Brainstorm Health: New Approach to Alzheimer’s, Johnson & Johnson Verdict, NY Vaping Ban
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The story of experimental Alzheimer’s treatments has been a grim one in the last several years. High profile drug candidates from Eli Lilly, Merck, and others have fallen flat, some after showing initial promise in a field that hasn’t had a true breakthrough in well over a decade. But what if an entirely different kind of approach could prove successful—like a dementia-focused treatment mechanism akin to the kinds of popular, new next-generation cancer therapies that use the body’s immune system to fight disease?
That’s the question biotech giant AbbVie will try to answer as part of its new partnership with the smaller drug maker Alector. The firms have struck a $200 million-plus research deal to find out if immunotherapy can be effective in fighting Alzheimer’s.
“We seek to advance the field of immuno-neurology as a new therapeutic modality for dementia and neurodegeneration. We anticipate that immuno-neurology therapies will have as much of an impact on brain disorders as immuno-oncology is having on cancer,” said Alector CEO Arnon Rosenthal in a statement.
Immunotherapy has been one of the hottest fields in recent cancer drug development and driven billions in new sales for companies like Bristol-Myers Squibb, Merck, and others. Drug makers are rushing into the space even though it often applies to very specific segments of cancer patients because of its promise in some of the hardest-to-treat cancers and potential to be combined with other therapies.
The AbbVie-Alector deal is based on the premise that neurological diseases like Alzheimer’s are, like cancer, also linked to the immune system, and that boosting it could change the course of dementia. The studies are still in their earliest stages.
There’s a far later-stage Alzheimer’s drug currently in the works, too: Biogen’s aducanumab, which Goldman Sachs recently identified as one of the first “disease-modifying” (rather than just symptom-treating) therapies for the condition which could be approved by the Food and Drug Administration (FDA). If so, it would be a breakthrough that could change patients’ lives and bring in billions to the company; but the sobering reality of Alzheimer’s failures may give even the optimists pause.
Read on for the day’s news.
Virtual reality in health care. Jay Samit, independent vice chairman of Deloitte’s Digital Reality practice, has a piece in Fortune today outlining the potential for virtual reality technologies in health care. Samit points to a number of major fields where the tech can revolutionize how patients, doctors, and the medical system at large interact with each other, including: Major boosts to personal health monitoring; a tectonic shift in treatment strategies for things like pain management; and the ability to bring medical care to isolated patients. (Fortune)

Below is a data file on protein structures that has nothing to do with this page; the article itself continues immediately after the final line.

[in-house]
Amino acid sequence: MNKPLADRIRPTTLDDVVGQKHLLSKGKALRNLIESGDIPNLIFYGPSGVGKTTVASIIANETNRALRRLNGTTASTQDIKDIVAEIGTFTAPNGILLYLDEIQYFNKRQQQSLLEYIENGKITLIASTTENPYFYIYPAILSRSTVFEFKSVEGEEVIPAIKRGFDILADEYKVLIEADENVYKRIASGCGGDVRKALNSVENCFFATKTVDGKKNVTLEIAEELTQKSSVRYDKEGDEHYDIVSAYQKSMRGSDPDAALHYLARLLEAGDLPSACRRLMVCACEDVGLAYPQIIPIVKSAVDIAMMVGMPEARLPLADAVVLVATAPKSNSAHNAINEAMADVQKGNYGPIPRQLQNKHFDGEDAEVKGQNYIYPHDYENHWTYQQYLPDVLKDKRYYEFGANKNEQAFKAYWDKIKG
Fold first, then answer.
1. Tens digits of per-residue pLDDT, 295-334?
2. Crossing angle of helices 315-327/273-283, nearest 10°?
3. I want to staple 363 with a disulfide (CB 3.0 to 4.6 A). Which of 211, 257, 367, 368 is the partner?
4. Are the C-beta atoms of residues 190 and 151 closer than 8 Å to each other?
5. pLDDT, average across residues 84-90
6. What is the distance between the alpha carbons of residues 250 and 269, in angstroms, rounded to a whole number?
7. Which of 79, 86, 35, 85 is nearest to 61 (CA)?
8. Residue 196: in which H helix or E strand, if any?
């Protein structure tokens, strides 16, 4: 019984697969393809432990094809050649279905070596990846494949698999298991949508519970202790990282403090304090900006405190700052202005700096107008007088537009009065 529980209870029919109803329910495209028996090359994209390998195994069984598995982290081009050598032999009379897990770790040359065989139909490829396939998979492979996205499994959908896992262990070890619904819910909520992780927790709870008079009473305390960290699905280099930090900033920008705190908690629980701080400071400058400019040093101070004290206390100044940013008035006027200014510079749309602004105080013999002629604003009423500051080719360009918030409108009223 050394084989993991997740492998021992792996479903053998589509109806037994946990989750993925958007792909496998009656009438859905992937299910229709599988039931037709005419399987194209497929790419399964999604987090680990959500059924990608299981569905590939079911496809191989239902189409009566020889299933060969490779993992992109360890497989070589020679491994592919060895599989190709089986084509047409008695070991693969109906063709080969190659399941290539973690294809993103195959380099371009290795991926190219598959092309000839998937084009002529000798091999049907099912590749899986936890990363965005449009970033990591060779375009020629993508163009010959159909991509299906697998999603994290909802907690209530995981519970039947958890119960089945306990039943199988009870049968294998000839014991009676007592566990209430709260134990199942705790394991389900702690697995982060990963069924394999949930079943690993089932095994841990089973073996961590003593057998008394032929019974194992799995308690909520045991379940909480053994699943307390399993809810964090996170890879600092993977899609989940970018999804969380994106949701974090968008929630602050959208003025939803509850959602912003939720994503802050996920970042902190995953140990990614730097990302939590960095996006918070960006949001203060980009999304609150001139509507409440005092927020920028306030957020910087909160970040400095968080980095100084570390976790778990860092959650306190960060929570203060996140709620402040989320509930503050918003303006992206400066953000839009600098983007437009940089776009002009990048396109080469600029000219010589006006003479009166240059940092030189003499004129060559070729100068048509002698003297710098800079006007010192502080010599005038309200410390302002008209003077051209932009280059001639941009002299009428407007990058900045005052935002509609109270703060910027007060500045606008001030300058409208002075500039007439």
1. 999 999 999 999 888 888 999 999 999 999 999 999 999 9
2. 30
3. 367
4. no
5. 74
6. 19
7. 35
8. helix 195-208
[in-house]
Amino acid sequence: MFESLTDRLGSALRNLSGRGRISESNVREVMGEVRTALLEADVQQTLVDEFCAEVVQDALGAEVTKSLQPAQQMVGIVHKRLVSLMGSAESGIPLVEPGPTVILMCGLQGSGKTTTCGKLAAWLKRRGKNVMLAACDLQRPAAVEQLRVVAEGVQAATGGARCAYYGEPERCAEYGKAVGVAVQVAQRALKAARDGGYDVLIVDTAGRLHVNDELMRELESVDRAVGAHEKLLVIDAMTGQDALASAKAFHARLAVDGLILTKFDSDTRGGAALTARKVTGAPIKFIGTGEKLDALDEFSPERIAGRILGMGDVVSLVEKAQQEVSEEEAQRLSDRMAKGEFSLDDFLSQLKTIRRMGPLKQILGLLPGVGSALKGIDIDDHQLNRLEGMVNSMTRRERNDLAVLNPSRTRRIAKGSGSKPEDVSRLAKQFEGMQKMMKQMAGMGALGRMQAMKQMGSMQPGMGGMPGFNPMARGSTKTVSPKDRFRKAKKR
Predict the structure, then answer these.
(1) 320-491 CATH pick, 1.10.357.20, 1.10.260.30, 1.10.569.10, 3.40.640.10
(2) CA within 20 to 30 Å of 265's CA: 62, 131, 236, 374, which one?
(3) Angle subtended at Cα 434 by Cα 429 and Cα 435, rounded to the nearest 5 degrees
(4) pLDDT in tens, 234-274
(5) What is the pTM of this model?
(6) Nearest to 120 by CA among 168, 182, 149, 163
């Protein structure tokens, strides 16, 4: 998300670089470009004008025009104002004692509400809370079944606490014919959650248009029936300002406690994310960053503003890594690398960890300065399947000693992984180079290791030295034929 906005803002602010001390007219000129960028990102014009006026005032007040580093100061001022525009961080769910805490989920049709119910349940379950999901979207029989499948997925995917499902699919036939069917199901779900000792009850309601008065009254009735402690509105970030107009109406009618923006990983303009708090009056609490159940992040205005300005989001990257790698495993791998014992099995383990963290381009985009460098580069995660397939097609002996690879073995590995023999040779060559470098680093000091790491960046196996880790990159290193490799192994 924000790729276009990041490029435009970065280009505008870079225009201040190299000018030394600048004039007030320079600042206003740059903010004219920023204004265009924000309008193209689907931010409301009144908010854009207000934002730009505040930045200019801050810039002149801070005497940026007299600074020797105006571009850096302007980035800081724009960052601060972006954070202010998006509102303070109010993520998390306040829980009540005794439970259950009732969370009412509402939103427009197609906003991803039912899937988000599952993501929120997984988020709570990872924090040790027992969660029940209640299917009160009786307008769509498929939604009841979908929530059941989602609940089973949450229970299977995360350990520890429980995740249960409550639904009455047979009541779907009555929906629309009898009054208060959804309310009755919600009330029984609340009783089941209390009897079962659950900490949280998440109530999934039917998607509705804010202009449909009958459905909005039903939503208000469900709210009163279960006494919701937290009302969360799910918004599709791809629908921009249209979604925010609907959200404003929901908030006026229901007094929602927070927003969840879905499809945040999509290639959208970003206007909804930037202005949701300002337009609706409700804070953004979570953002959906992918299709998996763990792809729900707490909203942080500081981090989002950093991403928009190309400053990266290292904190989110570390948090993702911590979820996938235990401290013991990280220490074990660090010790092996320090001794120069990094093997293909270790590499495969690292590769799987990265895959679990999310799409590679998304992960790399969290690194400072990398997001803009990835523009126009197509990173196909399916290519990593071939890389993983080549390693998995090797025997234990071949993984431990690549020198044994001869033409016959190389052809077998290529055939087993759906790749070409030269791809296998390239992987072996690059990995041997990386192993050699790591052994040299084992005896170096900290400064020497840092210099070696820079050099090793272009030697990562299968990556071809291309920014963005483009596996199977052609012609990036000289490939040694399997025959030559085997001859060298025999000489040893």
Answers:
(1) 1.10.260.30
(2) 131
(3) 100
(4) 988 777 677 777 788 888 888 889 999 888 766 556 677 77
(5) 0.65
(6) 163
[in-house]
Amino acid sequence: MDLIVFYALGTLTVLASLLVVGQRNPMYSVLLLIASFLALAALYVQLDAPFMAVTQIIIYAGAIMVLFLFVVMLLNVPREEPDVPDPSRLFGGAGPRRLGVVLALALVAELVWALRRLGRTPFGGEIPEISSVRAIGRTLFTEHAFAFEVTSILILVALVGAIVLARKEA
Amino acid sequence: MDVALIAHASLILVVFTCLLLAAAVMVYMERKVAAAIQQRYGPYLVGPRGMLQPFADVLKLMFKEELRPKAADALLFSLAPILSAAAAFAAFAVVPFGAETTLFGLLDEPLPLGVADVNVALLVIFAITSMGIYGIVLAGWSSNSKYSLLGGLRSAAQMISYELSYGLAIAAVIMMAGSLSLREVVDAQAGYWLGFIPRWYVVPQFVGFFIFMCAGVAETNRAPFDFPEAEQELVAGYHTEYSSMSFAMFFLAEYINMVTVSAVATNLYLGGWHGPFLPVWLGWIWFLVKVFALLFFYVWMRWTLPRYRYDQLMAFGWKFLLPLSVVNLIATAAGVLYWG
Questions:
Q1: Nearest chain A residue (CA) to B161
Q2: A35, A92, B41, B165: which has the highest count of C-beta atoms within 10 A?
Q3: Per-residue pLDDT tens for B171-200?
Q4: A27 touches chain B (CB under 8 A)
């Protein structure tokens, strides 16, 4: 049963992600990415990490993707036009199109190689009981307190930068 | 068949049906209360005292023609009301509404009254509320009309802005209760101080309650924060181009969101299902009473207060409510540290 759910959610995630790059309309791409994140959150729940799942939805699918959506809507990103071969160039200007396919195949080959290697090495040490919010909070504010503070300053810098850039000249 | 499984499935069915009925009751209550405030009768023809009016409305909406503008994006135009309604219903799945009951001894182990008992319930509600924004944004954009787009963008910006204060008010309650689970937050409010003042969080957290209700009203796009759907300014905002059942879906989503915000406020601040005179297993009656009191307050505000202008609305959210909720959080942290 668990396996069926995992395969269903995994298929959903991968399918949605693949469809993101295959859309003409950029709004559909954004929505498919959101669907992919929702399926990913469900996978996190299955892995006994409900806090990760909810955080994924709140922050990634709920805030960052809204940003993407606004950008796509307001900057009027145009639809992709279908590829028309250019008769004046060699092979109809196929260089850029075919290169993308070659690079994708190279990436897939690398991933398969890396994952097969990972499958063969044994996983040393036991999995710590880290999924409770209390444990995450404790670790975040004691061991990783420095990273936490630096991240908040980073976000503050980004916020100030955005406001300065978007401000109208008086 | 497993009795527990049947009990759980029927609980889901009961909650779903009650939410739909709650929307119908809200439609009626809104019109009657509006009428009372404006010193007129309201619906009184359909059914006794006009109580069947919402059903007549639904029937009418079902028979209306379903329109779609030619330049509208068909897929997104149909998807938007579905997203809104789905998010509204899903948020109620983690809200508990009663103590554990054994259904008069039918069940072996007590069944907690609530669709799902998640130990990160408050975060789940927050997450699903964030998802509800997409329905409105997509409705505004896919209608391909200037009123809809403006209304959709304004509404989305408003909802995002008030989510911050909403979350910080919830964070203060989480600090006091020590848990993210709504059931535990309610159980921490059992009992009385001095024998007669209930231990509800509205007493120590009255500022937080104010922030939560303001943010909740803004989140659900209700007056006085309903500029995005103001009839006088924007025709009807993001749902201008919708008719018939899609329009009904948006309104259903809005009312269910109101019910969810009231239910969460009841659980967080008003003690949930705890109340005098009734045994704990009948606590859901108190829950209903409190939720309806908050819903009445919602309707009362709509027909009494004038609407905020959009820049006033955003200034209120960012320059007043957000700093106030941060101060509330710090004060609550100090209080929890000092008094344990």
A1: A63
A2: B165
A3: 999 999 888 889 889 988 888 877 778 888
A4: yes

A second straight victory for Johnson & Johnson as record $417 million verdict reversed. A federal judge has negated a record $417 million fine pharma giant Johnson & Johnson was ordered to pay by a jury over its ongoing talc powder-alleged ovarian cancer link lawsuits. It’s the second straight victory for J&J (another $72 million verdict was also reversed); but the suits, which number in the thousands, will continue to dog the company, and plaintiffs are expected to appeal. (CNN)
THE BIG PICTURE
Centene reports profits beat despite Obamacare turmoil. Insurer Centene has been bucking the doomsday narrative of how Obamacare has affected insurance companies for a while now; it continued to do so with upbeat third quarter 2017 financials Tuesday, including a 10% rise in revenues and 22% rise in profits year-over-year. Centene has been experiencing growth in both its individual market and Medicaid managed care units. (Forbes)
New York joins the anti-vaping wagon with indoor ban. New York has become the 11th state to ban e-cigarette smoking indoors (behind California, New Jersey, Connecticut, Hawaii, and others) in a law which will go into effect in 30 days. Vaping will no longer be allowed inside restaurants, bars, offices, parks, and certain other common areas. (Fortune)
NASA Wants to Get the Mars Rover Digging Again, by Barb Darrow
Futuristic Robots Are Lending Their Hands in Gap’s Warehouse, by Jonathan Vanian
Google’s New Office Won’t Use Fossil Fuels, by Barb Darrow
Why Atlanta Is the Early Favorite to Land Google’s 2nd HQ, by Jeff John Roberts
|Produced by Sy Mukherjee|
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